Warren Schultheis
Paul Wellman

On the second floor of a Funk Zone Quonset hut, beneath a curving, corrugated roof festooned with peeling paint chips, Warren Schultheis makes his artistic home. It isn’t much to look at, really: a single abstract painting hangs on an L-shaped sheetrock wall; another one is propped on the floor and wrapped in plastic. It’s as if Schultheis is trying to hide something. “I’m less interested in succeeding with art than in getting to do it when I can,” insists the 30-year-old web designer.

It takes some prompting to get him to share his work, most of which is stacked far out of sight. First, he reveals a piece made of thick sheets of Plexiglas with digital collage and cut-out patterns between the layers. Fat, worm-like forms and waving lines intersect the space in three dimensions. Next, he brings out a small acrylic painting—a field of gray with geometric blocks of mustard yellow and olive green. “This is my favorite painting ever,” he admits. “I like it because it’s unsettling. Human experience gets mucky. I’ve never been the kind of artist who wants to communicate super clearly.”

It’s a work on sanded Plexiglas that gives the best clues. Blue dots with tapered tails, like tadpoles, turn out to be pinpoints—a reference to Google maps. Much of Schultheis’s work plays with concepts of mapping and the ways we use technology to understand and control the space around us. His 2008 show at the now closed Gallery Ocho was titled Vector/No Vector; paintings from that show superimpose cartoonish tubes on an abstract landscape of green and grey hills. Like the technology they reference, these works are at once comforting and disquieting.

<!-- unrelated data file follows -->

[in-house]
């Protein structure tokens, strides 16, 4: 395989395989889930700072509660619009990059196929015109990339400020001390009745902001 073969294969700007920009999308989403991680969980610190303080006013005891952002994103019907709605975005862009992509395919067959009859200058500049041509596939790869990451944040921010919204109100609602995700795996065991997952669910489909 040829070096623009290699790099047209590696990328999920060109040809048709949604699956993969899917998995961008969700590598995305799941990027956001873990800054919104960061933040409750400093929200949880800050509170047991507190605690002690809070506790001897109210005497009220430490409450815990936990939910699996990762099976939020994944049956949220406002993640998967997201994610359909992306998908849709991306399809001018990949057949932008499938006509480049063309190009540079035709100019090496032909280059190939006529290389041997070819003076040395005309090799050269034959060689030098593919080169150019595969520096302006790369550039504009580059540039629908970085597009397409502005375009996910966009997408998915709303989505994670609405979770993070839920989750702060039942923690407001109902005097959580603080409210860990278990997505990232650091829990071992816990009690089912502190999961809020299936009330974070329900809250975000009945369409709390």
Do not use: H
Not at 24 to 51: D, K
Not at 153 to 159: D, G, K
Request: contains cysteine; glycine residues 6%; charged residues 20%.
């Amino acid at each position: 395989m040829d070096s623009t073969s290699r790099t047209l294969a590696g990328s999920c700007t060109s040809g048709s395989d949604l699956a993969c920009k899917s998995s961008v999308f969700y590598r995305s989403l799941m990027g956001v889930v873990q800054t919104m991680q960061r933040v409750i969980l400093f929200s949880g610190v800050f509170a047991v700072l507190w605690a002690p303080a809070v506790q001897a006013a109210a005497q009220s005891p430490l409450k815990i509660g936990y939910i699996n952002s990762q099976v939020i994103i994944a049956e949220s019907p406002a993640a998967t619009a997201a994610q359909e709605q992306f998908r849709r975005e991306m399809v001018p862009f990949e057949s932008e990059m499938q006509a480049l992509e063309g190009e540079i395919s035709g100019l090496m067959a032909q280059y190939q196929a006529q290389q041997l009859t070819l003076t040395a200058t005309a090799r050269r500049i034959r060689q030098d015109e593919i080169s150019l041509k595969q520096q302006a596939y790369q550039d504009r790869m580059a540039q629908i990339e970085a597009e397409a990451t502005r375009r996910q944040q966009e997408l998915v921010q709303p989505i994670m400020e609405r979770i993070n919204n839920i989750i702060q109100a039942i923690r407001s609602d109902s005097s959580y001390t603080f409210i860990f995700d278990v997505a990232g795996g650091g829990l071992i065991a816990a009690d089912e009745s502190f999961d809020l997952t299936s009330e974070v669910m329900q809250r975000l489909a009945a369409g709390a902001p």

In college at UC Santa Cruz, Schultheis studied fine art and anthropology, and his work evidences an ongoing inquiry into the human condition. Last year he curated the show Super Santa Barbara, drawing together a group of contemporary artists to envision what our community might look like 100 years from now. One of Schultheis’s pieces from the show is a diptych of digital prints. In one half, a topographic map of the city is interrupted by a huge black cube. In the second, the cube has become a mirror, reflecting the city back at itself. Either way, it’s a dystopian vision and a subtle commentary on the way we see ourselves.

The same humility that makes it hard to get Schultheis talking drives him to serve the larger community. He founded First Fridays, a monthly art critique circle, as well as City 2.0, a website dedicated to citizen journalism. He also serves on the steering committee of the Santa Barbara Arts Collaborative. To learn more about Schultheis and his work, visit warrenschultheis.com.


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